Sunday, 30 June 2013

SPOON # 26 - Sunday 30th June

I've just sat down to write this week's post and have just realised that this is a rather special one, as in, it's number 26 of 52, or half way. If I'd thought about this before I might have done something special, but I didn't so I will go ahead and show what I have done this week end.

As it happens I have two spoons this weekend. The first is a small cedar spoon, using kiln-dried cedar plank. I saw a rather nice little spoon in john Lewis, made of thin perspex and I thought it would look nice, in the same style and made of wood - an icecream spoon perhaps?

The second is based on a beautiful antiques spoon that Jarrod Stonedahl showed on his blog a couple of posts ago and when I saw it I knew I had to try and replicate it. Mine is made of green rowan, the original looked like a burl or root of some kind with lovely grain pattern and a wonderful dark patina. i was pleased with mine and will definately do another when I get some more interesting wood.

 You can't see it very clearly but I decorated the end with what I call invisible decoration - scalops carved onto the top edge, but that does not affect the profile.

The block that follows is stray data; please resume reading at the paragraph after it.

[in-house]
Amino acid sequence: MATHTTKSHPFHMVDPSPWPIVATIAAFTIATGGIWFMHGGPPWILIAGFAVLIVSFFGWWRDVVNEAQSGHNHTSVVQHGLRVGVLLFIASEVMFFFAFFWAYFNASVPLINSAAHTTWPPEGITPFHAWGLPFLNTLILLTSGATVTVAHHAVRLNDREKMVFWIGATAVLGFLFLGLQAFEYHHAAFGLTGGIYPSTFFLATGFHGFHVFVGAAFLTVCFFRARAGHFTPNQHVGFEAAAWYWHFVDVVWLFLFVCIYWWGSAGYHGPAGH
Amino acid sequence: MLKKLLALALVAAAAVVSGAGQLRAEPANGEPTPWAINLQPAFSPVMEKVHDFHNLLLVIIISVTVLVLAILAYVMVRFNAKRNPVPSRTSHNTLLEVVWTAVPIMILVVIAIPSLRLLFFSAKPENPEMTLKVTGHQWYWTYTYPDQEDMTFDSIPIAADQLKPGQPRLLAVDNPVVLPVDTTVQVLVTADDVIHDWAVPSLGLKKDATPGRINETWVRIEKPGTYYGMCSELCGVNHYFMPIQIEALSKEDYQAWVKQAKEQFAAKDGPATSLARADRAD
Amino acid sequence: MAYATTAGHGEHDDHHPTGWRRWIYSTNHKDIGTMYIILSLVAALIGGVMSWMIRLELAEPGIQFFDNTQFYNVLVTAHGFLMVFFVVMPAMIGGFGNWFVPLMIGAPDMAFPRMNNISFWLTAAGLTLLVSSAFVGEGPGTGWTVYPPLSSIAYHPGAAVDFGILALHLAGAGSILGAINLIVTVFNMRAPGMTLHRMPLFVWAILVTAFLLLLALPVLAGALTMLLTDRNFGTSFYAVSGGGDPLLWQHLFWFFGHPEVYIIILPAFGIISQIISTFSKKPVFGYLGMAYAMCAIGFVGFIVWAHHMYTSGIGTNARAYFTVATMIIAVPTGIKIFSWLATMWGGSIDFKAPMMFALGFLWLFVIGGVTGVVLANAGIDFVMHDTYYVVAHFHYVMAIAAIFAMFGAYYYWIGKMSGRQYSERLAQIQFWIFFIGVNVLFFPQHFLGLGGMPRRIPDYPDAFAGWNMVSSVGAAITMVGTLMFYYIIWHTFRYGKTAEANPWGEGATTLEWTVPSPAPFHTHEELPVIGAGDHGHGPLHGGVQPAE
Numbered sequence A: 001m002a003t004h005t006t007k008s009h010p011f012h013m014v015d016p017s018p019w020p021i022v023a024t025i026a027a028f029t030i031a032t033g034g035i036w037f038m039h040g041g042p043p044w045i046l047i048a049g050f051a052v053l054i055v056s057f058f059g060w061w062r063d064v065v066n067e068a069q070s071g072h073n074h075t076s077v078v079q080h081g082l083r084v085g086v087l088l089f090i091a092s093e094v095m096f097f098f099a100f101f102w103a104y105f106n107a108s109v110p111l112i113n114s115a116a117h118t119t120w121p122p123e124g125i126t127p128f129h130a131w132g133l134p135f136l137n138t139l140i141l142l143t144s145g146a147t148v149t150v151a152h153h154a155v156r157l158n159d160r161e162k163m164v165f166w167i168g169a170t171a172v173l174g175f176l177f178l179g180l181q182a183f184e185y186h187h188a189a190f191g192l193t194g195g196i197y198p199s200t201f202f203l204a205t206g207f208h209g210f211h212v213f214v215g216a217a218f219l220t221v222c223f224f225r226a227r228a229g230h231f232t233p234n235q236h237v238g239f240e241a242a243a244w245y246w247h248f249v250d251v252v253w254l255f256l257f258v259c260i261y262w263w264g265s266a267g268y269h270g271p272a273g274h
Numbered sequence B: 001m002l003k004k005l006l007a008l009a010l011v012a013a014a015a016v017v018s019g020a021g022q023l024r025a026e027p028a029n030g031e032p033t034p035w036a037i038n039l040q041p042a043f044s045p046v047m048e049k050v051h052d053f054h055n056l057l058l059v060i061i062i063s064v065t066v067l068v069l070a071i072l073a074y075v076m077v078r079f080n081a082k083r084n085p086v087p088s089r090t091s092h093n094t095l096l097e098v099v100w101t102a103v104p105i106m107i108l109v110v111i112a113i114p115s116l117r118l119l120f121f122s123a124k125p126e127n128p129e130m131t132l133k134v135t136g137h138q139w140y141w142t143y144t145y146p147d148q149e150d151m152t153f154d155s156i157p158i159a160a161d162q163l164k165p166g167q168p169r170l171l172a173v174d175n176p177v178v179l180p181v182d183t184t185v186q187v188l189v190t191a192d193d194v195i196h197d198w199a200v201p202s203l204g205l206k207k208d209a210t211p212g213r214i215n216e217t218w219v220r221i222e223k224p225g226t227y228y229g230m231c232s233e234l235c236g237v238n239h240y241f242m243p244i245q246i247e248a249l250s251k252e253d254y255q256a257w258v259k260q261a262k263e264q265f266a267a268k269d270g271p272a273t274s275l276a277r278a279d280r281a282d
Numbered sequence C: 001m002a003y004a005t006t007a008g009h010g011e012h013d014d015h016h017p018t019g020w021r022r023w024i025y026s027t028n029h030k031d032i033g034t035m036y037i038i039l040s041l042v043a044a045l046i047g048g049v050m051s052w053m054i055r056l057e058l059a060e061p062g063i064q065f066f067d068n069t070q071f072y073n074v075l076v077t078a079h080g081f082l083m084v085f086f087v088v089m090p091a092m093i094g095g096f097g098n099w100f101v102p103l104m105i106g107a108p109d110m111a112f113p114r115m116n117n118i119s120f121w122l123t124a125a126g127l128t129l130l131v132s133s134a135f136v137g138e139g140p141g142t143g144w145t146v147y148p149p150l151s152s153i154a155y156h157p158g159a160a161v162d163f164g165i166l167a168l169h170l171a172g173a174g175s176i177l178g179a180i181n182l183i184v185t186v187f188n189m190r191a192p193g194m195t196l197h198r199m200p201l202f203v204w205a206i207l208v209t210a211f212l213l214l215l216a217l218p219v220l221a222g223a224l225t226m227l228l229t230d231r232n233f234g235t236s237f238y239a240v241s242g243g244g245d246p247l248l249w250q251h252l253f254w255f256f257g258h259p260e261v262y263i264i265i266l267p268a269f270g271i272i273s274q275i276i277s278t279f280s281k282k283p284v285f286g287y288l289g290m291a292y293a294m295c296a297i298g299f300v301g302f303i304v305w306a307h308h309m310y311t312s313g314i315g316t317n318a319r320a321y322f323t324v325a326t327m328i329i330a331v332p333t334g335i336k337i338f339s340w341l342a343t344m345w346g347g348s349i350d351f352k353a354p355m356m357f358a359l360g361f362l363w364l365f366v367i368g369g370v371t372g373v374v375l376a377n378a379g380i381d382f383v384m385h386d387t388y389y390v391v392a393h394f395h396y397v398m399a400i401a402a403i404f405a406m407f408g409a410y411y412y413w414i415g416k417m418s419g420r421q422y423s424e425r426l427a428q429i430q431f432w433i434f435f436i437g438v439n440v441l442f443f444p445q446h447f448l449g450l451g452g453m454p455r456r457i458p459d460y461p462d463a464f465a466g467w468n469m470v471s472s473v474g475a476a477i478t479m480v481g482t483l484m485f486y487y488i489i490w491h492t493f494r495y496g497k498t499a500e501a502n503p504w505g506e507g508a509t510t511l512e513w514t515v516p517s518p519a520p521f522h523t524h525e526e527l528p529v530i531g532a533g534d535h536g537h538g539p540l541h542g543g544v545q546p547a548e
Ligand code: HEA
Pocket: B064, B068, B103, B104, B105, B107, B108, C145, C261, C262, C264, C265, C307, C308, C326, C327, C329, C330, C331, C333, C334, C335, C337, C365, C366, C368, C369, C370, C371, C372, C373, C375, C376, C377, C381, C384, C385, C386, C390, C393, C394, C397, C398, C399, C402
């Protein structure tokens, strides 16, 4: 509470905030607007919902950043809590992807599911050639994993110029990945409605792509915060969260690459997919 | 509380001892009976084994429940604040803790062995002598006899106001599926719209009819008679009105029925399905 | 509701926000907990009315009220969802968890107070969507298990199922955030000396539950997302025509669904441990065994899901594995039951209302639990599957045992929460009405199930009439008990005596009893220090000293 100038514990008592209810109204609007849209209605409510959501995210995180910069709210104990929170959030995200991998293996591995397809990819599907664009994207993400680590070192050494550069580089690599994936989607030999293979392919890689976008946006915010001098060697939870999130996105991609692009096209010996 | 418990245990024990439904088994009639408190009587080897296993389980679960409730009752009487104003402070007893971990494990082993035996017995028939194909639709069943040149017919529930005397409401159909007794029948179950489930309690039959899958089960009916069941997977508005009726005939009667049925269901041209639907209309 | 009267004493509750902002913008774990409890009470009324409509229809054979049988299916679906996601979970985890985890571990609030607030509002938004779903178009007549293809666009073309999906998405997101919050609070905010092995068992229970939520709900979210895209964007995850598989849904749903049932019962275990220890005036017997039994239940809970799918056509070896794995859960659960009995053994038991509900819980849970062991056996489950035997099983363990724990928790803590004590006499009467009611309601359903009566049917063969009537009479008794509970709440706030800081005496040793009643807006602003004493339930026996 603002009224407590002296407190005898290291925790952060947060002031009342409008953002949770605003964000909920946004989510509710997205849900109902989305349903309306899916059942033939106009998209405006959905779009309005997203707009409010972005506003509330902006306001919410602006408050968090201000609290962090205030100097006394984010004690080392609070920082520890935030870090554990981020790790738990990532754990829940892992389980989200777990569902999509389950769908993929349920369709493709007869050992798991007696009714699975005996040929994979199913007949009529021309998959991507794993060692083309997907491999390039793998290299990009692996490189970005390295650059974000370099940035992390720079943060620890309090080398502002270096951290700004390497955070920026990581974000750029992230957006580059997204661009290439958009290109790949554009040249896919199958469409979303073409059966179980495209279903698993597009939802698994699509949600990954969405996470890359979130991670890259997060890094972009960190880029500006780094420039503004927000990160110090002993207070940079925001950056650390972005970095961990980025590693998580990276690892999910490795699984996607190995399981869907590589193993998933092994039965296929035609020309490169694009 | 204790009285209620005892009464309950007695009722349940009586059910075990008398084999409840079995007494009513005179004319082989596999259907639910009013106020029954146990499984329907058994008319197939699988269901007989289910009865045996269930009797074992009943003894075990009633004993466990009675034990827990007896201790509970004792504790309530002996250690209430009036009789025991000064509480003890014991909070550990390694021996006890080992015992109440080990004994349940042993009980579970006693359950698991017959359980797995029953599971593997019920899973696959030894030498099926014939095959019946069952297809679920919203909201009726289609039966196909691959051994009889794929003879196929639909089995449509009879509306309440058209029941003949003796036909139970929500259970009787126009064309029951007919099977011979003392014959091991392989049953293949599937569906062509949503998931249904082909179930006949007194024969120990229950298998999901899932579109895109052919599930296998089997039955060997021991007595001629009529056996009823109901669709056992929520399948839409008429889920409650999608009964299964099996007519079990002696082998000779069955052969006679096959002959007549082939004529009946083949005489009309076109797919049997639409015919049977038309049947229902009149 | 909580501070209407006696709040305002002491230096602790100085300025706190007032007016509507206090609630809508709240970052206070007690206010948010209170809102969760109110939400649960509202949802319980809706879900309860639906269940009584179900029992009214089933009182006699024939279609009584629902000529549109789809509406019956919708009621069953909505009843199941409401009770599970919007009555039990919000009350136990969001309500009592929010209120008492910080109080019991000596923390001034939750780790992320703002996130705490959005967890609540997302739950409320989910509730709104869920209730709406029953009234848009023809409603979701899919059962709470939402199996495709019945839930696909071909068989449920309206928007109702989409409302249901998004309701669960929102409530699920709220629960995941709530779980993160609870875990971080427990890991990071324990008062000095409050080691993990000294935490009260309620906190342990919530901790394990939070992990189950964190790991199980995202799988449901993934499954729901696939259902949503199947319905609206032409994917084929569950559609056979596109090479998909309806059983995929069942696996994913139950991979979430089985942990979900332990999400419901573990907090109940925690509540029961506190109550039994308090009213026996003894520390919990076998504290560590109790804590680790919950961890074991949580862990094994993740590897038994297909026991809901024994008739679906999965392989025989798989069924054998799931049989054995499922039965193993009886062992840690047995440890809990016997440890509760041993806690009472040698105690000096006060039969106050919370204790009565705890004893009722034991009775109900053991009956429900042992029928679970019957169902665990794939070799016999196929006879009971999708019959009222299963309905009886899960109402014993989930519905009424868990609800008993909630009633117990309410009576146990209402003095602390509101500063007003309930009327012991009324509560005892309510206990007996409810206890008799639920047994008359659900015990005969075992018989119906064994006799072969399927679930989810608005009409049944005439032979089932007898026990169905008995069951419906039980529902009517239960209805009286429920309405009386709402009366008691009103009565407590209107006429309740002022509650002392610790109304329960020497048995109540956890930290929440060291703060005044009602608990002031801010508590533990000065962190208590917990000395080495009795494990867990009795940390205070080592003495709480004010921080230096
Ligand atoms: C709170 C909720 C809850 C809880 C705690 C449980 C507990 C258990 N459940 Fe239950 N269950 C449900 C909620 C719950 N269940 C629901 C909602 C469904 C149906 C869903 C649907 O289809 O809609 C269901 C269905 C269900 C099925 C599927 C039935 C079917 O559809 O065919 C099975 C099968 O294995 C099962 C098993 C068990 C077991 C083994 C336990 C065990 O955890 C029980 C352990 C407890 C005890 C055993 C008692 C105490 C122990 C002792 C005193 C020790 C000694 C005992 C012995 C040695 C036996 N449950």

Wednesday, 26 June 2013

SPOON # 25 - Sunday 23rd June

I guess this week's spoon is not so much a spoon as a scoop-spatula-cum-shovel type affair - but I'm still going to count it as a spoon anyway. I've done a few different types of these before, this particular rowan scoop was inspired by a design done by Sharif Adams, though his are far more carefully finished than mine.

I met Sharif at last year's Spoonfest and found him an incredibly unasuming (considering how good he is at green woodwork), pleasant and helpful young man, and I have since enjoyed following his blog, though due to his 'off the grid' type lifestyle, posts have been few and far between over the past year, though I've really enjoyed them when they've come. Either way, check out his blog and web site, he makes some lovely, professionally finsihed pieces and will sell and commission if required.

Sunday, 16 June 2013

SPOON # 24 - Sunday 16th June

Father's Day, and what could be more pleasurable than sitting in the garden at the end of the day, listening to the birds singing in the trees and doing a bit of spoon carving? Not a lot.

This week is another rowan spoon. One of my favourite carvers, not to mention an amazing woodworker generally and impressive photographer (check out his blog if you haven't come across it before: ) is Peter Follansbee - resident 17th century woodworker and carver at the Plimoth Plantation where he domonstrates the work methods and styles of furniture that came across to America from Europe with the pilgrim fathers. It is one of my greatest wishes to visit the Plimoth Plantation and to take one of Peter's jointed stool workshops at Country Workshops (Drew Langsner's place - another hero of mine).

Anyway, I really admire Peter's work and his style of spoons, so this is my tribute a la Peter Follonsbee.

A little chip carving

A crazy, curvy profile

Sunday, 9 June 2013

SPOON(S) # 23 - Sunday 9th June 2013